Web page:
Vintage Farmhouse Style Dresser

Old white chalk paint on a vintage dresser.

This is an old vintage dresser that I found at a local thrift store.

Before: Vintage dresser
Before: Vintage dresser

Worn and scratched finish.
Worn and scratched finish.
The dresser was manufactured by Carman Maufacturing Company in Tacoma, Washington. It was made in the early part of the 1900s.

Carman Manufacturing Company, Tacoma, Washington.
Label on back of dresser:
Carman Manufacturing Company, Tacoma, Washington.

These old dressers are famous for bleed through. For those unfamiliar with the term, after applying paint the tannin in the wood seeps or "bleeds" through the paint creating a stained and splotchy finish. And it will continue to bleed through no matter how many coats of paint are applied. Shellac is an easy fix to prevent bleed through. The shellac goes on clear and dries quickly. I applied two coats of shellac just to make sure I didn't miss any spots.

Two coats of shellac applied to prevent bleed through.
Two coats of shellac applied to prevent bleed through.

After

I choose Old White for my color scheme.

After: Vintage dresser  painted in farmhouse style white.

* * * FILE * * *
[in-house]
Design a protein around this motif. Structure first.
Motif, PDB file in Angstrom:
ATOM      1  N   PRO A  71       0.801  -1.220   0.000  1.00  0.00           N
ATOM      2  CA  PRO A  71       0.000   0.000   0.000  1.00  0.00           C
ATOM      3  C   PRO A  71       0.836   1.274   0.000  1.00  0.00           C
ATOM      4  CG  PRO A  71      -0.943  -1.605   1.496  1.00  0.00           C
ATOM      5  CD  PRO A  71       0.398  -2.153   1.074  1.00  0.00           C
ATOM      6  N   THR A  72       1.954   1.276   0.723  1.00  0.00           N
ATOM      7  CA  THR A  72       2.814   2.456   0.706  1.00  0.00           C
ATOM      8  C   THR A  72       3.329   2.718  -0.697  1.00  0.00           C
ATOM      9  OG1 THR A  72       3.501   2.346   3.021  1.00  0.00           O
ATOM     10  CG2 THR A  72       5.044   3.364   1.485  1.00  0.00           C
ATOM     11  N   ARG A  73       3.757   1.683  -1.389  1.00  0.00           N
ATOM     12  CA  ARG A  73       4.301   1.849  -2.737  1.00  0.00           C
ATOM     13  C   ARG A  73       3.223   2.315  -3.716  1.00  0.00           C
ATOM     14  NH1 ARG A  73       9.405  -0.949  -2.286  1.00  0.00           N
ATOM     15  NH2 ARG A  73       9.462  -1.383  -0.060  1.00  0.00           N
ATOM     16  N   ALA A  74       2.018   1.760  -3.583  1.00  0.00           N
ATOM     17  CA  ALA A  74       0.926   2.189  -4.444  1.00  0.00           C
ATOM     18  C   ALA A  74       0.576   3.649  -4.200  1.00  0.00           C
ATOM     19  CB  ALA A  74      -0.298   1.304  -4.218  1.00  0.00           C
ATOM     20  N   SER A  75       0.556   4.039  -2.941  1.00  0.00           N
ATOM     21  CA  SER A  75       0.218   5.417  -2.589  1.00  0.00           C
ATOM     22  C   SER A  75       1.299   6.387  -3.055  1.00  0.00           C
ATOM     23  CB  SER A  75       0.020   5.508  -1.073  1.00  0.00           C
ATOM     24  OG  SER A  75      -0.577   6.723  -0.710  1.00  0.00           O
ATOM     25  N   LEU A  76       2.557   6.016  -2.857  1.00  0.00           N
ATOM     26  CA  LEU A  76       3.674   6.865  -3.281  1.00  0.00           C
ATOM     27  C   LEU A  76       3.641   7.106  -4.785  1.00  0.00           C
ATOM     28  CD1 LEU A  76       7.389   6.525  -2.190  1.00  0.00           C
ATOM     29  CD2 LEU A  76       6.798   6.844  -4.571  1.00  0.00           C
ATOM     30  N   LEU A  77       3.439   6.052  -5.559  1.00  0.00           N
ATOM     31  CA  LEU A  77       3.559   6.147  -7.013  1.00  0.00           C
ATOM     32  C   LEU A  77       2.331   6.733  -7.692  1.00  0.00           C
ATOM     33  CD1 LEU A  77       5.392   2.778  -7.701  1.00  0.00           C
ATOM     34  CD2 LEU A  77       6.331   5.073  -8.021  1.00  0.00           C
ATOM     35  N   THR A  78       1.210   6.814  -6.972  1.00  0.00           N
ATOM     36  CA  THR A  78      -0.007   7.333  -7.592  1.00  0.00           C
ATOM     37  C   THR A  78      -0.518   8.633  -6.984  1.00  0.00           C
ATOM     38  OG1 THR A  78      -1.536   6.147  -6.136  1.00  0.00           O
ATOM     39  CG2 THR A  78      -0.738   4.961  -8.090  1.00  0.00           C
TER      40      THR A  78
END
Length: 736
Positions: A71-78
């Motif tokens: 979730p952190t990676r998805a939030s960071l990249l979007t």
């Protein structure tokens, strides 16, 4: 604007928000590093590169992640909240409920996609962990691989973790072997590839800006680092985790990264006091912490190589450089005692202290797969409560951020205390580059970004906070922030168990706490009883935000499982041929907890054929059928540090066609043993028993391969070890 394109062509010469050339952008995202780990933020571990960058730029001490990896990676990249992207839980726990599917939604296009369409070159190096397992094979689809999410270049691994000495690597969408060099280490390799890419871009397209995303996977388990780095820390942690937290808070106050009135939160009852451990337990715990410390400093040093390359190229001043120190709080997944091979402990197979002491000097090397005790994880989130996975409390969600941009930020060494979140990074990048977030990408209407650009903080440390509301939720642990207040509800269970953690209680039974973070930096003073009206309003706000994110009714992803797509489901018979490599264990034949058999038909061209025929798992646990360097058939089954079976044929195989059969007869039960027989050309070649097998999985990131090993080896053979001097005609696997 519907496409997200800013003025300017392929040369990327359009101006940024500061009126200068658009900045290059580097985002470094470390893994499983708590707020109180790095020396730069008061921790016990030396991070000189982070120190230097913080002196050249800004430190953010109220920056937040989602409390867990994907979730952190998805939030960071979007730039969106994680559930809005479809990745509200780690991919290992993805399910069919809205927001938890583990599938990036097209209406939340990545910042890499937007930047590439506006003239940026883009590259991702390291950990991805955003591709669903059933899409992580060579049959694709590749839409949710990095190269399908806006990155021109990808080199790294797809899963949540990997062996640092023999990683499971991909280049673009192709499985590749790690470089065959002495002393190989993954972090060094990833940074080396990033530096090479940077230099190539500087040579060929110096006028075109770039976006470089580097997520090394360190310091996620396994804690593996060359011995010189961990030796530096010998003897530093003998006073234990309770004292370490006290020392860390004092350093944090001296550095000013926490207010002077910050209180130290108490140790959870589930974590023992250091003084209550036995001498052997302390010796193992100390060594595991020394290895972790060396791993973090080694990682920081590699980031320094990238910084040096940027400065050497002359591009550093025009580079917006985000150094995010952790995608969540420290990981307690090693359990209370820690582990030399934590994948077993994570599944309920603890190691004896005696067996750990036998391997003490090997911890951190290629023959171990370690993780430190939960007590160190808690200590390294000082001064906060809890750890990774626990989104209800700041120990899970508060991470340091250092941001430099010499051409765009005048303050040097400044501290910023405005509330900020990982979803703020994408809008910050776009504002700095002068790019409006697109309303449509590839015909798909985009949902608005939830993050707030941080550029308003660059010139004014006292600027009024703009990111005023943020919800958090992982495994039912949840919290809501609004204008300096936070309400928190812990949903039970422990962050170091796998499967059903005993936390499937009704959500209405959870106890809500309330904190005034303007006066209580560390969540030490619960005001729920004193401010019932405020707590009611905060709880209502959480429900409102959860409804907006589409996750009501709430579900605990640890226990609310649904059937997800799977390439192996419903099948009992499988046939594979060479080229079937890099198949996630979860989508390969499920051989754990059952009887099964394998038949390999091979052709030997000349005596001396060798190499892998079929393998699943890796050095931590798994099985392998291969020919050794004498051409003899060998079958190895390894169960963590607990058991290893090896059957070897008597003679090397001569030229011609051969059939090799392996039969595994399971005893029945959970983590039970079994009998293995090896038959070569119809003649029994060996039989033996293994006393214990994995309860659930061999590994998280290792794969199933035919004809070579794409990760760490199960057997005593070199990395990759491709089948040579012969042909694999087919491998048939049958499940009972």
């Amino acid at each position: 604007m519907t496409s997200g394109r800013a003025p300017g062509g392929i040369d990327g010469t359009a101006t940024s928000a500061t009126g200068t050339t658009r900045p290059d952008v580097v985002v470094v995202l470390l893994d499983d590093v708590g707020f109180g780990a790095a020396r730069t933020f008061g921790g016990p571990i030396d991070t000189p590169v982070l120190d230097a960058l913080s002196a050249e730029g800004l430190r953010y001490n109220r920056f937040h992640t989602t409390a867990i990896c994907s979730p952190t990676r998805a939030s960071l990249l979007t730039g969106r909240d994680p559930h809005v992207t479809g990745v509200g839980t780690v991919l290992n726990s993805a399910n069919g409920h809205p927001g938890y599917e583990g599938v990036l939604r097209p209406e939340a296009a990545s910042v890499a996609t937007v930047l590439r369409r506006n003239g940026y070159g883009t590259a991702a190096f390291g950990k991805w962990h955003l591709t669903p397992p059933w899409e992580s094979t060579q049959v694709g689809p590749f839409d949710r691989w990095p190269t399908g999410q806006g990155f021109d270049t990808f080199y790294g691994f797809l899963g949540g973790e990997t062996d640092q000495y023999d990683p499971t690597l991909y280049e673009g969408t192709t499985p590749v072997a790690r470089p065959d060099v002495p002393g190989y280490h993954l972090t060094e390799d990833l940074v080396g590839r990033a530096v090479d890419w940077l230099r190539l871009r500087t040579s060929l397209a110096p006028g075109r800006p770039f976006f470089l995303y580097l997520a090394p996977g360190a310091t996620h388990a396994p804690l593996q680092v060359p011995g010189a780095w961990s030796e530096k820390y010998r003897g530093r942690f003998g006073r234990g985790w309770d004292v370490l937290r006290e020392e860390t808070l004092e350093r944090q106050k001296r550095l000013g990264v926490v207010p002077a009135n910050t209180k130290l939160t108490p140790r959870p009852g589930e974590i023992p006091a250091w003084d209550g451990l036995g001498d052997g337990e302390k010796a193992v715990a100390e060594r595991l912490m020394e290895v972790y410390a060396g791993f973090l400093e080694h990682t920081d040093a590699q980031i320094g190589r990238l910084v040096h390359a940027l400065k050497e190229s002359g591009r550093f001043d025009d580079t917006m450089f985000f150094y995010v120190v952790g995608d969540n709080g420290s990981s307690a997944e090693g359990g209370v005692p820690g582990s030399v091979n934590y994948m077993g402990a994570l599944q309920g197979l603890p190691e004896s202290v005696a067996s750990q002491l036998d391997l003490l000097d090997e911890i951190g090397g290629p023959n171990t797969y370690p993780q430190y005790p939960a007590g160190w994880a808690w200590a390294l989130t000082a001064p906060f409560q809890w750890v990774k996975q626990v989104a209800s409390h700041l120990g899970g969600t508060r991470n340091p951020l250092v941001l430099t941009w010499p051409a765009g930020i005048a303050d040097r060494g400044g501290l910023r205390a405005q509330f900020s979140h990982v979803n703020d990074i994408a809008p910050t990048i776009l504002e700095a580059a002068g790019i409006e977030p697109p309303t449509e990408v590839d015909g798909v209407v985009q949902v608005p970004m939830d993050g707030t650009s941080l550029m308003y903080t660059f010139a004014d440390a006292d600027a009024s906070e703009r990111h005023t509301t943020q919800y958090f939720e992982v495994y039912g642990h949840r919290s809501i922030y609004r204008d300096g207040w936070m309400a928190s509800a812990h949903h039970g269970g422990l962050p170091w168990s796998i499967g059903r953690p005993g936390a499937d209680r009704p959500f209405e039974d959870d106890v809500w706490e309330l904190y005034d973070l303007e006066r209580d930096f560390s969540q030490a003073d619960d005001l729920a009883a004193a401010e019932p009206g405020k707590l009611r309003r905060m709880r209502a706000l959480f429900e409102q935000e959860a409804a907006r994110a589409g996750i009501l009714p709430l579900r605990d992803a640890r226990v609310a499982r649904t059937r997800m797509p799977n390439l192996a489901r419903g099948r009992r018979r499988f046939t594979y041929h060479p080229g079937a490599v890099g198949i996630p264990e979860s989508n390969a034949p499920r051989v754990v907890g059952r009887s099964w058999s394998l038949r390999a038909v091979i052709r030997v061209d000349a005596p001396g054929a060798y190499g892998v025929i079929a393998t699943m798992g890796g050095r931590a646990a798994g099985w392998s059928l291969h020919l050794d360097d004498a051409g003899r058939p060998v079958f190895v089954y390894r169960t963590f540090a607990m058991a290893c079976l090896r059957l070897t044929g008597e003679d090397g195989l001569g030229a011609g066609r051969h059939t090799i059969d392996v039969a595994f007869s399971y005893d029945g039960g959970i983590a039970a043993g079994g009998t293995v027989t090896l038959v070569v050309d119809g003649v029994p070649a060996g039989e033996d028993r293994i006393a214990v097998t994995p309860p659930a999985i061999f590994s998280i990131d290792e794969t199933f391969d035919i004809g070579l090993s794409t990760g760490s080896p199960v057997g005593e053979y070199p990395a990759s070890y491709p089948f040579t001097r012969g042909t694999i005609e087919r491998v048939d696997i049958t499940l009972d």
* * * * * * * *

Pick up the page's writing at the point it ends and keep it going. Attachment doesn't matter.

I applied light distressing to the edges of the dresser.  I sealed the paint on the dresser and pulls with soft clear wax.

Light distressing applied to edges.
Light distressing applied to edges.

All-over white creates a subtle yet elegant color scheme.
All-over white creates a subtle yet elegant color scheme.

Scalloped skirt and turned legs.
Scalloped skirt and turned legs.

The back apron includes a decorative raised scallop.

Decorative raised scallop.
Decorative raised scallop.

The top is now smooth as butter. The dresser was once neglected and unwanted, but now it's ready for a new home.

Repaired top.
Repaired top.


Supply List

Below are the supplies I used for this project. Some links are affiliate links.

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